In many places, toads can be poisonous (especially if it’s a Bufo Toad), but mostly they are harmless creatures that make great insect eaters. If you live in the Southwest, get your pup into the vet if he “licks” one – many toads produce a hallucinogenic poison that can kill a dog who tries to play with one.
In many locations around the world, toads and frogs feature prominently in magical folklore. There’s a British legend that says carrying a dried frog in a pouch around your neck will prevent epileptic seizures and putting a live one in your mouth (don’t ever do these) can cure whooping cough and Tuberculosis.
In ancient Egypt, the frog-headed goddess Hekt was a symbol of fertility and birth; but then, I’m sure we all remember the great Egypt frog plague in the bible. Many cultures believe you can predict the weather through frogs and toads (a prediction I’ll take more seriously than most meteorologists) and others believe they can control the weather – for example, the Maori people believe that killing a frog can bring floods and heavy rains – but some African tribes believe the same act will bring drought.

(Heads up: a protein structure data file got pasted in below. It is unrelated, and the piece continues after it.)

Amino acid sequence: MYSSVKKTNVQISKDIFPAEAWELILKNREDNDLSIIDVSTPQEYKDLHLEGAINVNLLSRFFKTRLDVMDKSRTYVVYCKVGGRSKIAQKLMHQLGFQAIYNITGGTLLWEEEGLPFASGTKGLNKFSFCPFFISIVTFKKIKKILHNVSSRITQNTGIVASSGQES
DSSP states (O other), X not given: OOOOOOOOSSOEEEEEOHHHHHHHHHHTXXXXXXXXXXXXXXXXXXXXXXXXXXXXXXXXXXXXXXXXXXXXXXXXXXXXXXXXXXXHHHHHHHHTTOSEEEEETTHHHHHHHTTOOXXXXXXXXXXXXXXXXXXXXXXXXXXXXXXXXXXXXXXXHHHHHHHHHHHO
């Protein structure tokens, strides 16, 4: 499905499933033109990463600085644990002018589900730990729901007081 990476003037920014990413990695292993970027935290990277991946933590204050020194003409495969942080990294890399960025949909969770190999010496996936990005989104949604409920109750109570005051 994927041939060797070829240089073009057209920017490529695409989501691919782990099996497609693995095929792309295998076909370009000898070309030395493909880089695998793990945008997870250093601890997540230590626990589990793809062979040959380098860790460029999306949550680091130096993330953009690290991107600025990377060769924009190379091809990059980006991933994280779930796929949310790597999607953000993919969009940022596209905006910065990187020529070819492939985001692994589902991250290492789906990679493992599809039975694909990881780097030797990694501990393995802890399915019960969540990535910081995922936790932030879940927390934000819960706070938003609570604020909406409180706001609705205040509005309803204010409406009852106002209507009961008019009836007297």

If you live in the southwestern United States, Central of Northern Mexico, and South America; you’ve likely met a toad known as the Colorado River Toad, Sonoran Desert Toad, and Cane Toad (Bufo alvarius). These toads can be particularly dangerous to your pets, especially dogs, who love to “mouth” them. Learn what to do if your dog gets hold of one of these toads as these toads produce a hallucinogenic poison that can result in your pet’s death if not treated immediately.
You can also learn more about toads and frogs from this adorable children’s book from Joanne McGonagle for your kids called An Ordinary Toad’s Extraordinary Night.
While these toads were at one time known to be “witch’s medium”, we all know that these days they are valuable for our environment and deserve to be left in peace.
[heading style=”modern-1-light” color=”#006633″ style_color=”#06192e” align=”left”]Black Cats[/heading]